Kid-friendly Spiced Apple Cider Cups Recipe - Sticky Fingers Cooking
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Recipe: Spiced Apple Cider Cups

Recipe: Spiced Apple Cider Cups

Spiced Apple Cider Cups

by Dylan Sabuco
Photo by Africa Studio/Shutterstock.com
prep time
5 minutes
cook time
10 minutes
makes
6-12 servings

Fun Food Story

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Spiced Apple Cider Cups

This warm, spiced apple drink is perfect for chilly days and nights and a terrific alternative to hot chocolate or tea. Simmering the spices on the stovetop helps all the flavors blend together and fills your kitchen with a delicious aroma!

Happy & Healthy Cooking,

Chef Erin, Food-Geek-in-Chief

Fun-Da-Mentals Kitchen Skills

  • combine :

    to merge two or more ingredients into one mixture, like a batter of flour, eggs, and milk.

  • measure :

    to calculate the specific amount of an ingredient required using a measuring tool (like measuring cups or spoons).

  • pour :

    to cause liquid, granules, or powder to stream from one container into another.

  • simmer :

    to cook a food gently, usually in a liquid, until softened.

Equipment Checklist

  • Large saucepan
  • Measuring cups
  • Measuring spoons
  • Cups
scale
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Ingredients

Spiced Apple Cider Cups

  • 3 C apple juice
  • 1 tsp ground cinnamon or 1 cinnamon stick
  • 1 pinch black pepper
  • 1 pinch ground ginger (or nutmeg/allspice)

Instructions

Spiced Apple Cider Cups

1.
measure + combine

Measure and combine 3 cups apple juice, 1 teaspoon cinnamon, 1 pinch of black pepper, and 1 pinch of ground ginger in a large saucepan over medium heat.

2.
simmer + pour

Simmer the mixture of apple juice and spices for 10 minutes. Turn the heat off or reduce to very low before serving. Pour the cider into a mug and say "Cheers" with your family!

History of Apple Cider!

Photo by Thomas Oswald/Shutterstock.com
  • Apple cider goes back to ancient Roman times when it was discovered that in one of the Roman provinces, Britannia, cider was made from native crabapples. In colonial America, colonists planted apple trees and pressed apples for cider.
  • Apple cider is made from apples and differs from apple juice because it is unfiltered and unsweetened. It is the by-product of pressing a whole apple. If the cider is not pasteurized, it will eventually ferment due to airborne yeasts on the apple skin.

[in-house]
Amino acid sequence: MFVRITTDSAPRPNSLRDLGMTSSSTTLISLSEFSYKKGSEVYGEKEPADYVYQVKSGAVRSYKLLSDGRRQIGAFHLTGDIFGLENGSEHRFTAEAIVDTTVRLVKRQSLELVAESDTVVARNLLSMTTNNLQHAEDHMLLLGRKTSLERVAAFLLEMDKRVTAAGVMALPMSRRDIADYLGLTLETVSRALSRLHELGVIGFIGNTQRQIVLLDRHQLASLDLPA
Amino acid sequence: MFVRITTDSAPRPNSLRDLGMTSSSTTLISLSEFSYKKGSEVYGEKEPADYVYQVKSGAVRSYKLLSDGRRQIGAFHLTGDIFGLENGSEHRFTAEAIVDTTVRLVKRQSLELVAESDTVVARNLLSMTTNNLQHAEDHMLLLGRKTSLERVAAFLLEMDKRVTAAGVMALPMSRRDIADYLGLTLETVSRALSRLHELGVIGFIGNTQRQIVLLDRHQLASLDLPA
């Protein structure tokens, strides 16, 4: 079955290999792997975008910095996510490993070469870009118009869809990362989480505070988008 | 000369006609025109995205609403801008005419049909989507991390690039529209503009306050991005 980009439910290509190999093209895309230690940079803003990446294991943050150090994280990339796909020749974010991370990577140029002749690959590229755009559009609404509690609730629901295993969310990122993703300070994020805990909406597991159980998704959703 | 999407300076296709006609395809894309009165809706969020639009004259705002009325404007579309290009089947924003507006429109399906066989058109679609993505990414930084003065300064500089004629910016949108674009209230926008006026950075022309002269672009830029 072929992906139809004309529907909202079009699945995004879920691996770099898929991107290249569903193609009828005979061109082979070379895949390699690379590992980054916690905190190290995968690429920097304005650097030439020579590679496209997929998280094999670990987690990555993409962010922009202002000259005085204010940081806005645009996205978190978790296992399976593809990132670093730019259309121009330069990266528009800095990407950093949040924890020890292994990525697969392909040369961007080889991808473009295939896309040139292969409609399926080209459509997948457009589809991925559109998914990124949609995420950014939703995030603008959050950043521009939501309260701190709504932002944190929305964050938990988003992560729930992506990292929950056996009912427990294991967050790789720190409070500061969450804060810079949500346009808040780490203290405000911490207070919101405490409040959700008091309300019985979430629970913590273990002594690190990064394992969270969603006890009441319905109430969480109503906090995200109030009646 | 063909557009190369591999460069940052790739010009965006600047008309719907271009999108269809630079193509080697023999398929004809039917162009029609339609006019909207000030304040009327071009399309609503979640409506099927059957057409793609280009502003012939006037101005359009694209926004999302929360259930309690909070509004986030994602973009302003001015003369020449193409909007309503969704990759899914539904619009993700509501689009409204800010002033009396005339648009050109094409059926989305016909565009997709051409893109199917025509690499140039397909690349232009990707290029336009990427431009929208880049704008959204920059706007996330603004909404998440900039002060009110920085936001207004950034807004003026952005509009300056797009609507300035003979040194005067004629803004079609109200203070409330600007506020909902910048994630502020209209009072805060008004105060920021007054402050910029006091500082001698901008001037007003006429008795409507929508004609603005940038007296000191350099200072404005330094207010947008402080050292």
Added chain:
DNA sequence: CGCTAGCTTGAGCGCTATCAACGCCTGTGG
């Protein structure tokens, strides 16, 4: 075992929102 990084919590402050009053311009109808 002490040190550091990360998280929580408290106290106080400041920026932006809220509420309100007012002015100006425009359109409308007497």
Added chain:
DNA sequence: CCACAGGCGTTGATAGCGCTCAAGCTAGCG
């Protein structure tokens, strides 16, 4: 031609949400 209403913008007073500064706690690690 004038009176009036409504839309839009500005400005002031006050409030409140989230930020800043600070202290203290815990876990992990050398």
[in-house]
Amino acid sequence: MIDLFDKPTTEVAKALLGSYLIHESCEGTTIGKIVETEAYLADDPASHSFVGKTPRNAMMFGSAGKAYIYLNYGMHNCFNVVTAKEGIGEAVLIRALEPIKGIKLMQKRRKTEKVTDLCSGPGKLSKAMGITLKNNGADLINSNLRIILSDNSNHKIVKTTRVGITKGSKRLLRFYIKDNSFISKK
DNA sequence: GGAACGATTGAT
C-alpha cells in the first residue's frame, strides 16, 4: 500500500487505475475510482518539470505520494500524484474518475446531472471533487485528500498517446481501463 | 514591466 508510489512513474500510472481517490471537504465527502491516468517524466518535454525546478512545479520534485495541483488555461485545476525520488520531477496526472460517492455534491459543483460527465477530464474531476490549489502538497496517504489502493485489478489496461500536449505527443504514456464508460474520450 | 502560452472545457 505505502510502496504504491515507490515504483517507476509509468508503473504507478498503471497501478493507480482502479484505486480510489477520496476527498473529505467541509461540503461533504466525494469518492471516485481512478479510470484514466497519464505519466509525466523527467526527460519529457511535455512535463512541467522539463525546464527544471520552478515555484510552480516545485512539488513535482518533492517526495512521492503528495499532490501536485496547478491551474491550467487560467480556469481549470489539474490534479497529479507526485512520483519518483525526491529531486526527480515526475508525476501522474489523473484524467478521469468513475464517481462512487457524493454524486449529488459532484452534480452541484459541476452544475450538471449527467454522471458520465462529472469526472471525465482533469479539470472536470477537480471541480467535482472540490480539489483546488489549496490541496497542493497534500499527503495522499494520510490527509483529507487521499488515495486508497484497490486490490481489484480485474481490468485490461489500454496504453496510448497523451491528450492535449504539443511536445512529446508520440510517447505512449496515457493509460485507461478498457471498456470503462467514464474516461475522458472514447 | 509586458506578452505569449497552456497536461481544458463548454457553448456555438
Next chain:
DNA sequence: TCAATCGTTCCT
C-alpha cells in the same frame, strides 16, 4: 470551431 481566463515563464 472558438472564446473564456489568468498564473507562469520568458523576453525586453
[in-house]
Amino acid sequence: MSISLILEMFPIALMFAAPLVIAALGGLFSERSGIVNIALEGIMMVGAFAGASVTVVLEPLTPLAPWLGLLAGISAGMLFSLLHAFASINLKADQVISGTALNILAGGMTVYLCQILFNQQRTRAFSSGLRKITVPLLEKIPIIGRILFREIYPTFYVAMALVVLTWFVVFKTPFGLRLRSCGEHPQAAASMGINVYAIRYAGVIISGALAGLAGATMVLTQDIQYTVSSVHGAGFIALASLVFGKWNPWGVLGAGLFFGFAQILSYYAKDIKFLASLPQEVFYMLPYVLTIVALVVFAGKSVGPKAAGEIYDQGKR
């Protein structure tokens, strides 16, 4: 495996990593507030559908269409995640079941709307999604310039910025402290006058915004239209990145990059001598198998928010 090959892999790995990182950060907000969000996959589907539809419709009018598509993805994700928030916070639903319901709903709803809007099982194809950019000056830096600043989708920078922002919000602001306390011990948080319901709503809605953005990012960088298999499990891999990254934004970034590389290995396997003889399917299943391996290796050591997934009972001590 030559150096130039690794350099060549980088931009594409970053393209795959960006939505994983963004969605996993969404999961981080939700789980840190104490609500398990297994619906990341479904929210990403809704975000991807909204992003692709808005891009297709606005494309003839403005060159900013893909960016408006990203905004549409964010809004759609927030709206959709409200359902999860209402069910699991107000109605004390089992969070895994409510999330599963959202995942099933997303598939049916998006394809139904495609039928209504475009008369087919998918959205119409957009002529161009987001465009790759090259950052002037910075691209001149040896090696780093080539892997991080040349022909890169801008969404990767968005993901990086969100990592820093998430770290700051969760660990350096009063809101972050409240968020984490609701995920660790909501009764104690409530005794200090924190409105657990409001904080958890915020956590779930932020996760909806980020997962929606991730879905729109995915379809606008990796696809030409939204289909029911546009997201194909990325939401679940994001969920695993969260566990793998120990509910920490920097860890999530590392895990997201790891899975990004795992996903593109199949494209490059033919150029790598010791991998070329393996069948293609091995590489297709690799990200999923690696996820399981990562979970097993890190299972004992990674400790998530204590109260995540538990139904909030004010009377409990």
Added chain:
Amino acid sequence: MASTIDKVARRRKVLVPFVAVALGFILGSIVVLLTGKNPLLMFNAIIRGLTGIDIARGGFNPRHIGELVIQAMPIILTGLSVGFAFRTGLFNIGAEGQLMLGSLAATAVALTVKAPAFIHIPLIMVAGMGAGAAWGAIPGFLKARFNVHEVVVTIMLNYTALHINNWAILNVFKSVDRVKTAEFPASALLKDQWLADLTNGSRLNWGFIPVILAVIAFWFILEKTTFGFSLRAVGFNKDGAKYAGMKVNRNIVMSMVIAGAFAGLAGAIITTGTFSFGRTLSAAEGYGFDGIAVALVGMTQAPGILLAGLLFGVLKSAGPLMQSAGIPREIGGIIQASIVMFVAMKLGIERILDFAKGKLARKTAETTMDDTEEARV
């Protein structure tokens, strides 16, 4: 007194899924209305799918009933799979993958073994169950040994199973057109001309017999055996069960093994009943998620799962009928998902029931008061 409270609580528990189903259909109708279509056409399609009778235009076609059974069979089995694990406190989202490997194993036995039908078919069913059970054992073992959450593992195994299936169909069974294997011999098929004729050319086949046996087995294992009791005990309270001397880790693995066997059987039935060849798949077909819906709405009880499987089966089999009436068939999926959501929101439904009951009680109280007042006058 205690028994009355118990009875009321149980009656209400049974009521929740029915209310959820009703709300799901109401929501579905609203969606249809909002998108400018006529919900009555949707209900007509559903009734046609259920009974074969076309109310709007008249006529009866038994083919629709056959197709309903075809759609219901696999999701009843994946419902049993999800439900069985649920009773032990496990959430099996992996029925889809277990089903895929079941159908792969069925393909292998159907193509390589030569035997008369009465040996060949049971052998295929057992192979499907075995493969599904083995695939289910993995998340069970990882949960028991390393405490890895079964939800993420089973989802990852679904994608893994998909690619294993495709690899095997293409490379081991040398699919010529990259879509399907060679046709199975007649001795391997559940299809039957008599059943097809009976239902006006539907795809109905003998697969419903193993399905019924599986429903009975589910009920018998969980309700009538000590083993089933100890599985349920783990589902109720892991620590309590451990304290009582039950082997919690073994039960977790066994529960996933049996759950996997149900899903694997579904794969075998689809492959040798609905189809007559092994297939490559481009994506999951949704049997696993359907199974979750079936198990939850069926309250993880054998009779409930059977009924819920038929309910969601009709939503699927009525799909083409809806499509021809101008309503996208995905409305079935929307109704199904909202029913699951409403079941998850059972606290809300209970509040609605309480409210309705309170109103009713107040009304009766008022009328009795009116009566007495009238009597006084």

• In the fall, many apple farms open to the public and offer freshly pressed apple cider on site. They may also have apple cider doughnuts sprinkled with cinnamon sugar, made from a batter with apple cider, cinnamon, and nutmeg.
  • Hot mulled cider is apple cider to which similar spices have been added and then heated to below boiling point.

Let's Learn About the United States!

Photo by JeniFoto/Shutterstock.com (July 4th Picnic)
  • Most of the United States of America (USA) is in North America. It shares its northern border with Canada and its southern border with Mexico. It consists of 50 states, 1 federal district, 5 territories, 9 Minor Outlying Islands, and 326 Indian reservations. 
  • The country's total area is 3,796,742 square miles, globally the third largest after Russia and Canada. The US population is over 333 million, making it the third most populous country in the world, after China and India.
  • The United States of America declared itself an independent nation from Great Britain on July 4, 1776, by issuing the Declaration of Independence.
  • The Revolutionary War between the US and Great Britain was fought from 1775-1783. We only had 13 colonies at that time! On September 9, 1976, the Second Continental Congress met in Philadelphia and declared that the new nation would be called the United States. 
  • The 13 colonies became states after each ratified the constitution of the new United States, with Delaware being the first on December 7, 1787.  
  • The 13 stripes on the US flag represent those first 13 colonies, and the 50 stars represent our 50 states. The red color of the flag symbolizes hardiness and valor, white symbolizes innocence and purity, and blue symbolizes vigilance and justice.
  • Before settling in Washington DC, a federal district, the nation's capital resided in New York City and then Philadelphia for a short time. New York City is the largest city in the US and is considered its financial center.